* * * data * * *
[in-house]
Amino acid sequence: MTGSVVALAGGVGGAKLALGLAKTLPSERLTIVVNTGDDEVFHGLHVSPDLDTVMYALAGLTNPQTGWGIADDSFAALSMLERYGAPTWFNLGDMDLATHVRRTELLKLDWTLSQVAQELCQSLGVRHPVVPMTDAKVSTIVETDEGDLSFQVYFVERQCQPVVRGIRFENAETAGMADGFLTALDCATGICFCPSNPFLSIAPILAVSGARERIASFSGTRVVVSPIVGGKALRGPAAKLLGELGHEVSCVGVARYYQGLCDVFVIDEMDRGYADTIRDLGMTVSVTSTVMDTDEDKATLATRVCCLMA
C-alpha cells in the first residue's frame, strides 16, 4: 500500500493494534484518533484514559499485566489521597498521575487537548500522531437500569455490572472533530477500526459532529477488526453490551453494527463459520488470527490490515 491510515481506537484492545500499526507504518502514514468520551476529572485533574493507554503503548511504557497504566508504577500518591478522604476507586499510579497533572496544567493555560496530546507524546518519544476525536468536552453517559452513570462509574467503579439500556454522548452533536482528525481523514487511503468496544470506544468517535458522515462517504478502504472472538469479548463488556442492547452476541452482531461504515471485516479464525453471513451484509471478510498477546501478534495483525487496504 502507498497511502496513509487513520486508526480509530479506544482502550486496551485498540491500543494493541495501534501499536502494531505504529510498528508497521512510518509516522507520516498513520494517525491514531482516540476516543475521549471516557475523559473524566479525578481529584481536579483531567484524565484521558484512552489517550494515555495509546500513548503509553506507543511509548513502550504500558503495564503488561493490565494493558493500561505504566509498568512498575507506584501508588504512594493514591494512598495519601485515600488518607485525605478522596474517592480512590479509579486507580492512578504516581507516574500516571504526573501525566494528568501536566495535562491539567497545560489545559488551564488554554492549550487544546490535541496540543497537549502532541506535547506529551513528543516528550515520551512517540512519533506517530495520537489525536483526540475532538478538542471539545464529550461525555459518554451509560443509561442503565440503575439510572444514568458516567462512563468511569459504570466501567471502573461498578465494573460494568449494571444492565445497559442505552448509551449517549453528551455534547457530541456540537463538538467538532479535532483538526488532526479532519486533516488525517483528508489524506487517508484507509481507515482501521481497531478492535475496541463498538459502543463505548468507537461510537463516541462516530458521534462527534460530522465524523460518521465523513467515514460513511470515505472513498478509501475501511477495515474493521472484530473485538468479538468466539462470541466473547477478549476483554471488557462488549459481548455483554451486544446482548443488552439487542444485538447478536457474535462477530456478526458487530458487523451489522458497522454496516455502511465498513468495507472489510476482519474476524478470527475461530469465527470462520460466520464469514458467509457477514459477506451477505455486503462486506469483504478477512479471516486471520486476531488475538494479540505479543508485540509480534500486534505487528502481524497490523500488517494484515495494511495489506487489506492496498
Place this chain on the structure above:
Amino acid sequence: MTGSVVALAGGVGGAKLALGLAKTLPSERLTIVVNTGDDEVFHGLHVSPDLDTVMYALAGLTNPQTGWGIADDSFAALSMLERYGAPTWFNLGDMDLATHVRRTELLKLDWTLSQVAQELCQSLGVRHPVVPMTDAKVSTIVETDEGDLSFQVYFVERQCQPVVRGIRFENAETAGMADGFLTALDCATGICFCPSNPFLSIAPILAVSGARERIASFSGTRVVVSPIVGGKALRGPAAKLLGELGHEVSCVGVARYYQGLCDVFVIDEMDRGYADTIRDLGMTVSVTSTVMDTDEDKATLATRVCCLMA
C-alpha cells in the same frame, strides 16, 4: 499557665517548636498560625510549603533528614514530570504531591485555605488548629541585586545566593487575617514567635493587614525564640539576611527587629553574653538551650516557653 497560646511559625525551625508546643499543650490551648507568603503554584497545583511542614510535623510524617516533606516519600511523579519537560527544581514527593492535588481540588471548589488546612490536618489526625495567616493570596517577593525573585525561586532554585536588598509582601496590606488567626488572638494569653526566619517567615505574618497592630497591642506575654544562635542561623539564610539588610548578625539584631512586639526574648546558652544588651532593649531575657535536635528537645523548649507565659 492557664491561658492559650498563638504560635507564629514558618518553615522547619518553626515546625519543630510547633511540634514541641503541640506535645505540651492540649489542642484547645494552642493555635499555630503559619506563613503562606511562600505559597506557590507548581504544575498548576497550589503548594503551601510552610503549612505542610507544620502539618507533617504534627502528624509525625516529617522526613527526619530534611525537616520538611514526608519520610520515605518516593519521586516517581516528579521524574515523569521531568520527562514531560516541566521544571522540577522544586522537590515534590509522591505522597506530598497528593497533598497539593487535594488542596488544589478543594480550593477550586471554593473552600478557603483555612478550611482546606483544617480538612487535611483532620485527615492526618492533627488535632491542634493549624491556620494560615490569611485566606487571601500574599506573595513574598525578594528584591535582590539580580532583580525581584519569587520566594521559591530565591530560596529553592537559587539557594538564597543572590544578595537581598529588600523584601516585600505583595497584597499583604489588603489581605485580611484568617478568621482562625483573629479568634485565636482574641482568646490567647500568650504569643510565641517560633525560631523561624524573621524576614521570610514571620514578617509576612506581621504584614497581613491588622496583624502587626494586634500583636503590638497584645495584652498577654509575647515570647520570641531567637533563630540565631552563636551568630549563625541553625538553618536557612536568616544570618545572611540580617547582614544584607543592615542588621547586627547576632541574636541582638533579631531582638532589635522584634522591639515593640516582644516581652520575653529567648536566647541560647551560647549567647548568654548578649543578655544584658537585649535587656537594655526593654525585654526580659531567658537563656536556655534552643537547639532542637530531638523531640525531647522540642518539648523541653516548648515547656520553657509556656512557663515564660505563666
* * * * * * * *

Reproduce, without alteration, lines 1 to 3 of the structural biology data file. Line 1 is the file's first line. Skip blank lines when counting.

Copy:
[in-house]
Amino acid sequence: MTGSVVALAGGVGGAKLALGLAKTLPSERLTIVVNTGDDEVFHGLHVSPDLDTVMYALAGLTNPQTGWGIADDSFAALSMLERYGAPTWFNLGDMDLATHVRRTELLKLDWTLSQVAQELCQSLGVRHPVVPMTDAKVSTIVETDEGDLSFQVYFVERQCQPVVRGIRFENAETAGMADGFLTALDCATGICFCPSNPFLSIAPILAVSGARERIASFSGTRVVVSPIVGGKALRGPAAKLLGELGHEVSCVGVARYYQGLCDVFVIDEMDRGYADTIRDLGMTVSVTSTVMDTDEDKATLATRVCCLMA
C-alpha cells in the first residue's frame, strides 16, 4: 500500500493494534484518533484514559499485566489521597498521575487537548500522531437500569455490572472533530477500526459532529477488526453490551453494527463459520488470527490490515 491510515481506537484492545500499526507504518502514514468520551476529572485533574493507554503503548511504557497504566508504577500518591478522604476507586499510579497533572496544567493555560496530546507524546518519544476525536468536552453517559452513570462509574467503579439500556454522548452533536482528525481523514487511503468496544470506544468517535458522515462517504478502504472472538469479548463488556442492547452476541452482531461504515471485516479464525453471513451484509471478510498477546501478534495483525487496504 502507498497511502496513509487513520486508526480509530479506544482502550486496551485498540491500543494493541495501534501499536502494531505504529510498528508497521512510518509516522507520516498513520494517525491514531482516540476516543475521549471516557475523559473524566479525578481529584481536579483531567484524565484521558484512552489517550494515555495509546500513548503509553506507543511509548513502550504500558503495564503488561493490565494493558493500561505504566509498568512498575507506584501508588504512594493514591494512598495519601485515600488518607485525605478522596474517592480512590479509579486507580492512578504516581507516574500516571504526573501525566494528568501536566495535562491539567497545560489545559488551564488554554492549550487544546490535541496540543497537549502532541506535547506529551513528543516528550515520551512517540512519533506517530495520537489525536483526540475532538478538542471539545464529550461525555459518554451509560443509561442503565440503575439510572444514568458516567462512563468511569459504570466501567471502573461498578465494573460494568449494571444492565445497559442505552448509551449517549453528551455534547457530541456540537463538538467538532479535532483538526488532526479532519486533516488525517483528508489524506487517508484507509481507515482501521481497531478492535475496541463498538459502543463505548468507537461510537463516541462516530458521534462527534460530522465524523460518521465523513467515514460513511470515505472513498478509501475501511477495515474493521472484530473485538468479538468466539462470541466473547477478549476483554471488557462488549459481548455483554451486544446482548443488552439487542444485538447478536457474535462477530456478526458487530458487523451489522458497522454496516455502511465498513468495507472489510476482519474476524478470527475461530469465527470462520460466520464469514458467509457477514459477506451477505455486503462486506469483504478477512479471516486471520486476531488475538494479540505479543508485540509480534500486534505487528502481524497490523500488517494484515495494511495489506487489506492496498